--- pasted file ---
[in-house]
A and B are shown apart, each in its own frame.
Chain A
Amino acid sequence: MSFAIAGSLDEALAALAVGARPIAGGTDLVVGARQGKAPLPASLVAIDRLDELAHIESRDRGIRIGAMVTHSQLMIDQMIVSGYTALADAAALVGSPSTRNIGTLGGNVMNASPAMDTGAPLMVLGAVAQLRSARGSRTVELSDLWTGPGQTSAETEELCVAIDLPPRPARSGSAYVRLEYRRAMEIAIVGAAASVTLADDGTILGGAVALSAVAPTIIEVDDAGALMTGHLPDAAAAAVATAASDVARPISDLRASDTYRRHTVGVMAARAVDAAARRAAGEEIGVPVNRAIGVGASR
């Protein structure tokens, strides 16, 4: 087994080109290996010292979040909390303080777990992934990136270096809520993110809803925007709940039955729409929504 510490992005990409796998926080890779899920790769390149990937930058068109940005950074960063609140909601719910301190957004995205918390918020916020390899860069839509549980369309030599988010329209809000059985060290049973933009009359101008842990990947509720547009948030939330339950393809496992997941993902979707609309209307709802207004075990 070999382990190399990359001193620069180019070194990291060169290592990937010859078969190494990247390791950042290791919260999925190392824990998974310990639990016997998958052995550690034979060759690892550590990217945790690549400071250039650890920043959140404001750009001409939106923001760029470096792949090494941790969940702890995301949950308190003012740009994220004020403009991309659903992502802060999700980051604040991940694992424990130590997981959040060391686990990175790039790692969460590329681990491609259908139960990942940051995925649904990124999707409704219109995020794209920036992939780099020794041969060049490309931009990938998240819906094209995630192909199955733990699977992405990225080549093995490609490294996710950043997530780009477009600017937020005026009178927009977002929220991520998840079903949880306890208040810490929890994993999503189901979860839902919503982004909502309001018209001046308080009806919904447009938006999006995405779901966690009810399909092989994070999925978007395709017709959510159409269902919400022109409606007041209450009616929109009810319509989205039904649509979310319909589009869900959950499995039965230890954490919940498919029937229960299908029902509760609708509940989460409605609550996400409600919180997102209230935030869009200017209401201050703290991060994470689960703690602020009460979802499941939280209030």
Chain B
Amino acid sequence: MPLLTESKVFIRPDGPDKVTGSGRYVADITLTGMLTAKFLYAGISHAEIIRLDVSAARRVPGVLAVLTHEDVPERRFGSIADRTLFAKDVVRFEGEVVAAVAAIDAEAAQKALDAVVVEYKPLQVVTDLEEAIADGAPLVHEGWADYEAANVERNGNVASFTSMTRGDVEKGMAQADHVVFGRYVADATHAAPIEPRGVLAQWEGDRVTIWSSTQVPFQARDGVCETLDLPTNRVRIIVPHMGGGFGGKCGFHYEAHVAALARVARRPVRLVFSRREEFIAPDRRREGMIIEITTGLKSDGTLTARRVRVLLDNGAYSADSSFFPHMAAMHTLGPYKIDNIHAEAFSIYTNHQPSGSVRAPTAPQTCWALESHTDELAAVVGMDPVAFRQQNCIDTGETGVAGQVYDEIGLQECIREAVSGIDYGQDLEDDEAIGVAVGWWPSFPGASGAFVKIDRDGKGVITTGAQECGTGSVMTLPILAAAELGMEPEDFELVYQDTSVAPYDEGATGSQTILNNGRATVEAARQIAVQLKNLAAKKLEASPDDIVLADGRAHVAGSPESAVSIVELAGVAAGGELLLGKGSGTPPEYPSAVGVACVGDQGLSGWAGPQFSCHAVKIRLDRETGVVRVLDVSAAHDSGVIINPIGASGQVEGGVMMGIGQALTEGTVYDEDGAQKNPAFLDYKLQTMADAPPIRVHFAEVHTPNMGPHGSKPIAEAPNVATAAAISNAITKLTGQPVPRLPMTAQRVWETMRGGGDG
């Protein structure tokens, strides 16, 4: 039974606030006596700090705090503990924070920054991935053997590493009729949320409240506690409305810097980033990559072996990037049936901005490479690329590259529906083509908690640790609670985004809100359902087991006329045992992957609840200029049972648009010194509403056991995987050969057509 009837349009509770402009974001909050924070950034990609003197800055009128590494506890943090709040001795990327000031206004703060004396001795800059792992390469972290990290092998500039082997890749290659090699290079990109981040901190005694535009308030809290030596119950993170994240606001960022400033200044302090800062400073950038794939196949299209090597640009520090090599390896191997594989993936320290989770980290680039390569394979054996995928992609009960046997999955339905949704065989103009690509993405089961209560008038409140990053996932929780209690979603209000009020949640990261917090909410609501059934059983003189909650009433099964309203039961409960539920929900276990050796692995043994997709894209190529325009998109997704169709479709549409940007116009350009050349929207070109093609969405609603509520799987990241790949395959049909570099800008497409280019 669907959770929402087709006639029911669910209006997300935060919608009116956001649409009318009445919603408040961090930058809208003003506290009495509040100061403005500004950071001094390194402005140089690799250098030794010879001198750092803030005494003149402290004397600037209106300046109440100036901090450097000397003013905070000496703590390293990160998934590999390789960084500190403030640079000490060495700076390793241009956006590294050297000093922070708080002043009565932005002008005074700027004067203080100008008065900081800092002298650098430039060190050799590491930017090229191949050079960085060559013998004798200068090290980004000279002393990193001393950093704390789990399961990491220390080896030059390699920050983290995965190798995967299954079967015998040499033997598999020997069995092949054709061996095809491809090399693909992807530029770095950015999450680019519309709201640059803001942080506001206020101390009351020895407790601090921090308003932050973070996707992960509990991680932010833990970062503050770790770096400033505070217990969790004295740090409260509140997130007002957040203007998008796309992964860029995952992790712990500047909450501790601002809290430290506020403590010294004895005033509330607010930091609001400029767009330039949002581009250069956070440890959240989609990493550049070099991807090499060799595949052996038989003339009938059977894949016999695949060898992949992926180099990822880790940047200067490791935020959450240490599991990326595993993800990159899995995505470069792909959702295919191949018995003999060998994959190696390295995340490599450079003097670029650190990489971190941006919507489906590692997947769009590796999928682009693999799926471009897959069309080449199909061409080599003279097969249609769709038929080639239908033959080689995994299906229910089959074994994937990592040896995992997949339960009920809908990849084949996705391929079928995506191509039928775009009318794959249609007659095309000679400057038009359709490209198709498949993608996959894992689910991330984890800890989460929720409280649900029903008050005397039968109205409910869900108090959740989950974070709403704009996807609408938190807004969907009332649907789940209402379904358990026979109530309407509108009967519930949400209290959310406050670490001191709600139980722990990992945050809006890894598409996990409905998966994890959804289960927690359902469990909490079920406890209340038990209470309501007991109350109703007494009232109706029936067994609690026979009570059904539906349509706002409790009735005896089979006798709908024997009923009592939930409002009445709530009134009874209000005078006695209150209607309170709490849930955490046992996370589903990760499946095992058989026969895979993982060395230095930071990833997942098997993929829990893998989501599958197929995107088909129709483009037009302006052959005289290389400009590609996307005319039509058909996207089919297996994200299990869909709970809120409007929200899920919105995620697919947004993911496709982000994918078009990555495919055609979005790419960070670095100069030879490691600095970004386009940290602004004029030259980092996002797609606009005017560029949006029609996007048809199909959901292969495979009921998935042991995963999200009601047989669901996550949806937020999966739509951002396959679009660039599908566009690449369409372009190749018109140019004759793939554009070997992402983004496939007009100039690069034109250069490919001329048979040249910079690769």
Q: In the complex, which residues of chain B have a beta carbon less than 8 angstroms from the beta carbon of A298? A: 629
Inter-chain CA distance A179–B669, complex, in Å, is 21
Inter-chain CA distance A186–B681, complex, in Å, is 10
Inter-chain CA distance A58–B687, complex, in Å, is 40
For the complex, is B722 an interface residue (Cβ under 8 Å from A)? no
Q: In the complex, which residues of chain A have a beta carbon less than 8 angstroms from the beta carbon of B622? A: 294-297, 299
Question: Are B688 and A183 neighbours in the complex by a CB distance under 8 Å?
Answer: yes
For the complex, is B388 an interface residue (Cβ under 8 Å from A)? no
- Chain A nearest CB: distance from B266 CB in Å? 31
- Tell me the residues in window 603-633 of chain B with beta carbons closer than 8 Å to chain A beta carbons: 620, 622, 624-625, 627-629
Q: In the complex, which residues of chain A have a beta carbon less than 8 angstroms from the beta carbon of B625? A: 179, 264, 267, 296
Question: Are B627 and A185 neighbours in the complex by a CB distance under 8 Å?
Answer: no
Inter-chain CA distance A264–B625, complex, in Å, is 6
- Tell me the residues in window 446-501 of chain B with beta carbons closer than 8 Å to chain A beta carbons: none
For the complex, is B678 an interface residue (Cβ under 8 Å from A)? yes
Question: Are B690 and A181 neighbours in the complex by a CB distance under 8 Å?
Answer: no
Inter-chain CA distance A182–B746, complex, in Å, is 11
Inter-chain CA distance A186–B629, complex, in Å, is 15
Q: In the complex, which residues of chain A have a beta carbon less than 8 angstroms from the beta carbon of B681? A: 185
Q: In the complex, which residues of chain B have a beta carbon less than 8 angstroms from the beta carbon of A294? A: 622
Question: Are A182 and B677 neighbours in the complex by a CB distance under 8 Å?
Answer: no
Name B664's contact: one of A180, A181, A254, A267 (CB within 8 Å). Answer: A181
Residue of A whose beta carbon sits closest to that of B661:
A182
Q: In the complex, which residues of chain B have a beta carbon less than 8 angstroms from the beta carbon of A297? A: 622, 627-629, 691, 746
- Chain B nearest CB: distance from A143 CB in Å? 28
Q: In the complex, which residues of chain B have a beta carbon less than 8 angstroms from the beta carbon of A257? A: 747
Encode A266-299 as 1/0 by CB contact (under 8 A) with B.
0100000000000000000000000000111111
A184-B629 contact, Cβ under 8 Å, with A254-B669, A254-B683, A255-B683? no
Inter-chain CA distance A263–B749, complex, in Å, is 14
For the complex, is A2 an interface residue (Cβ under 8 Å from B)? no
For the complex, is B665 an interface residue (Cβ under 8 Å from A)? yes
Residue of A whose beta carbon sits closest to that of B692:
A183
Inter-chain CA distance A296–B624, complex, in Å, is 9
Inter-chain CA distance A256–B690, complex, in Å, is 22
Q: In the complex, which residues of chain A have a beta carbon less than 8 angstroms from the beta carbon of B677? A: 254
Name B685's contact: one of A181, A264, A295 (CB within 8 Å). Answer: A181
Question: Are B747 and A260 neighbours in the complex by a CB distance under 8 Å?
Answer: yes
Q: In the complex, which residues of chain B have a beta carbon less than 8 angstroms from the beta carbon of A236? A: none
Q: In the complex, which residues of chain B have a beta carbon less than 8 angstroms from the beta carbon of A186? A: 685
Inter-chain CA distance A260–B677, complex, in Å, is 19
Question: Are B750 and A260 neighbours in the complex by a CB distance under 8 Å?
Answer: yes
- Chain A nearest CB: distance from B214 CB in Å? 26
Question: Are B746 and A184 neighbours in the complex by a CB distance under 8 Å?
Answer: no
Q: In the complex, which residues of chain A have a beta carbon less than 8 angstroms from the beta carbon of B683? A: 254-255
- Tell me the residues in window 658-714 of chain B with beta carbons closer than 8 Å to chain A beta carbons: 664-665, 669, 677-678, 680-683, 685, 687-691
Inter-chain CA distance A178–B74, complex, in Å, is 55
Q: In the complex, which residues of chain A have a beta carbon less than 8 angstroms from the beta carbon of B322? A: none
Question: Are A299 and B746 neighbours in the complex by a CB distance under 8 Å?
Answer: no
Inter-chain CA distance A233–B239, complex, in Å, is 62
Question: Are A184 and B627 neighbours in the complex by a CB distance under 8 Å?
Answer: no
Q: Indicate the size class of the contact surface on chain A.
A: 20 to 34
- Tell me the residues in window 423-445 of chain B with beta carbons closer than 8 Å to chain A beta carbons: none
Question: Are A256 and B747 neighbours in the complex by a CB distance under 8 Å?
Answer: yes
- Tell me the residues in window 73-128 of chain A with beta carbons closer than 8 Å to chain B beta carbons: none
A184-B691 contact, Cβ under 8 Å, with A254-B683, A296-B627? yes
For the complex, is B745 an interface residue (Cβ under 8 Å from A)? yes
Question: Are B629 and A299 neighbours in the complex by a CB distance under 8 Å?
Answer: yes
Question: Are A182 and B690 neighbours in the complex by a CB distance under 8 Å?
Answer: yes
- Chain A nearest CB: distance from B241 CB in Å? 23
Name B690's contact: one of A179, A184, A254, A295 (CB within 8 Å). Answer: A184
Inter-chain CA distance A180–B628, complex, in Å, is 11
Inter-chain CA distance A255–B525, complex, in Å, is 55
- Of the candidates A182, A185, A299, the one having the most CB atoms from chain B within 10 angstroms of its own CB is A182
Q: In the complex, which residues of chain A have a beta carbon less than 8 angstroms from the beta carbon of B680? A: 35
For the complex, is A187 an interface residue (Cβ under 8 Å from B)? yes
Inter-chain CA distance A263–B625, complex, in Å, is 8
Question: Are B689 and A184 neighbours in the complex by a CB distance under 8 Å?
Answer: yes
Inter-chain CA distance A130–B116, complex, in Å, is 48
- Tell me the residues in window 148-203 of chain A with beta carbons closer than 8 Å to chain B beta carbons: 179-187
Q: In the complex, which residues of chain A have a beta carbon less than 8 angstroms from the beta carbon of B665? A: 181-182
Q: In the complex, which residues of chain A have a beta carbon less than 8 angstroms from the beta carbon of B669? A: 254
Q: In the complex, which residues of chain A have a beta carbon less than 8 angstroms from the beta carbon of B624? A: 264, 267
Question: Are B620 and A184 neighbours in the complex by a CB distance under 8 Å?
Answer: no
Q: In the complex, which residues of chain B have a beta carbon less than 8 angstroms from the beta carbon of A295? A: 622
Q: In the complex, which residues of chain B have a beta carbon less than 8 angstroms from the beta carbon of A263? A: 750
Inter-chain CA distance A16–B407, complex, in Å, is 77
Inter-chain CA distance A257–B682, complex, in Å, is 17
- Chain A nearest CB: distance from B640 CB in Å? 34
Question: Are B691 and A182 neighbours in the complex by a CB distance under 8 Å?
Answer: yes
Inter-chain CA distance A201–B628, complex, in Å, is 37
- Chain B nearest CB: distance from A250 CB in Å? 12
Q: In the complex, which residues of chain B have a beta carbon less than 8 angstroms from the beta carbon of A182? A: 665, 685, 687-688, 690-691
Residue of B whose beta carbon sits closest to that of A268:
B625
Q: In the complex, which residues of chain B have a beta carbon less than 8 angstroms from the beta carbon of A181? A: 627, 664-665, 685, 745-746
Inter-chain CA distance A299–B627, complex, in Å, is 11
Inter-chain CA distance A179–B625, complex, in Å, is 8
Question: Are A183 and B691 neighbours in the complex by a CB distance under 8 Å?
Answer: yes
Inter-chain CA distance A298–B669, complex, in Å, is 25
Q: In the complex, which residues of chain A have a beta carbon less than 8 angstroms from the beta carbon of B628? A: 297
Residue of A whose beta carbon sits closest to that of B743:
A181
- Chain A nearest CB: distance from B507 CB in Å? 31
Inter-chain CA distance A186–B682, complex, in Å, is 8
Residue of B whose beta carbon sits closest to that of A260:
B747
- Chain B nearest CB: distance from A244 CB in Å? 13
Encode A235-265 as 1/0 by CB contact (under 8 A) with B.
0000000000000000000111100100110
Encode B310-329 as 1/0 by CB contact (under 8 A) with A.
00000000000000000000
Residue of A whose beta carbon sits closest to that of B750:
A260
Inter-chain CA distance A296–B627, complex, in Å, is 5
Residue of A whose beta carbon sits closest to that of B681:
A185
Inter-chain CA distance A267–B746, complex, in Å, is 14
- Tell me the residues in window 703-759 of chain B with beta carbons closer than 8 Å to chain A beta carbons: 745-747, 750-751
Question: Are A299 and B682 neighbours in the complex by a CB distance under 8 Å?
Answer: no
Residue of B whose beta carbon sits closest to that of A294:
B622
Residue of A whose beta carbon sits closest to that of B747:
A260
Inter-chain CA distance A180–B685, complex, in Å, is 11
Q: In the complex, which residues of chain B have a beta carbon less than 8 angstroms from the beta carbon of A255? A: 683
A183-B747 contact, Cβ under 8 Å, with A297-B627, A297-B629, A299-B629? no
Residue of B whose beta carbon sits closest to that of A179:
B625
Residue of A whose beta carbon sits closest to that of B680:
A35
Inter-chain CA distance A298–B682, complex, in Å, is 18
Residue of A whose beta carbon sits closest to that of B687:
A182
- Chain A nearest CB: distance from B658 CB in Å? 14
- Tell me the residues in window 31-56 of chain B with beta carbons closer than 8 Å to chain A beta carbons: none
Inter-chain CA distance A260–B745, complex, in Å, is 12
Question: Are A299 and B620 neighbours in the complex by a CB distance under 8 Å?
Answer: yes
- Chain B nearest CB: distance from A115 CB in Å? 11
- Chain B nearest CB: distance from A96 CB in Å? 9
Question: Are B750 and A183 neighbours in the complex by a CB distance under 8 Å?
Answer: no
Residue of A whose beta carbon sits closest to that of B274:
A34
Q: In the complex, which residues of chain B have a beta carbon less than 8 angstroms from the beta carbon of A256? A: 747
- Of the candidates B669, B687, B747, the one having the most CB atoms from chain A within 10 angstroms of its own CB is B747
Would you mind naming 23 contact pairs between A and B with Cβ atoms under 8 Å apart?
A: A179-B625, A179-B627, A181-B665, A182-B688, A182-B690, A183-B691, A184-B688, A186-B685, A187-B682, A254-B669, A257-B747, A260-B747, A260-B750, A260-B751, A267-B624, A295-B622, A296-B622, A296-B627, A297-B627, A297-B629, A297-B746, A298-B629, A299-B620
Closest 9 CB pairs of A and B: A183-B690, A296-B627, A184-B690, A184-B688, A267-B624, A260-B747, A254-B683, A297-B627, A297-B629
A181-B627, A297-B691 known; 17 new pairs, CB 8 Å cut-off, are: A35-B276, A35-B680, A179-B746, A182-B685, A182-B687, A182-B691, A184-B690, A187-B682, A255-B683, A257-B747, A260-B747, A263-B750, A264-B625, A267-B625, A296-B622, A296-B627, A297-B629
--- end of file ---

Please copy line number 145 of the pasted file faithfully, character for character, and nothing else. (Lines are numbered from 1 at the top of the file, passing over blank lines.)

A183-B747 contact, Cβ under 8 Å, with A297-B627, A297-B629, A299-B629? no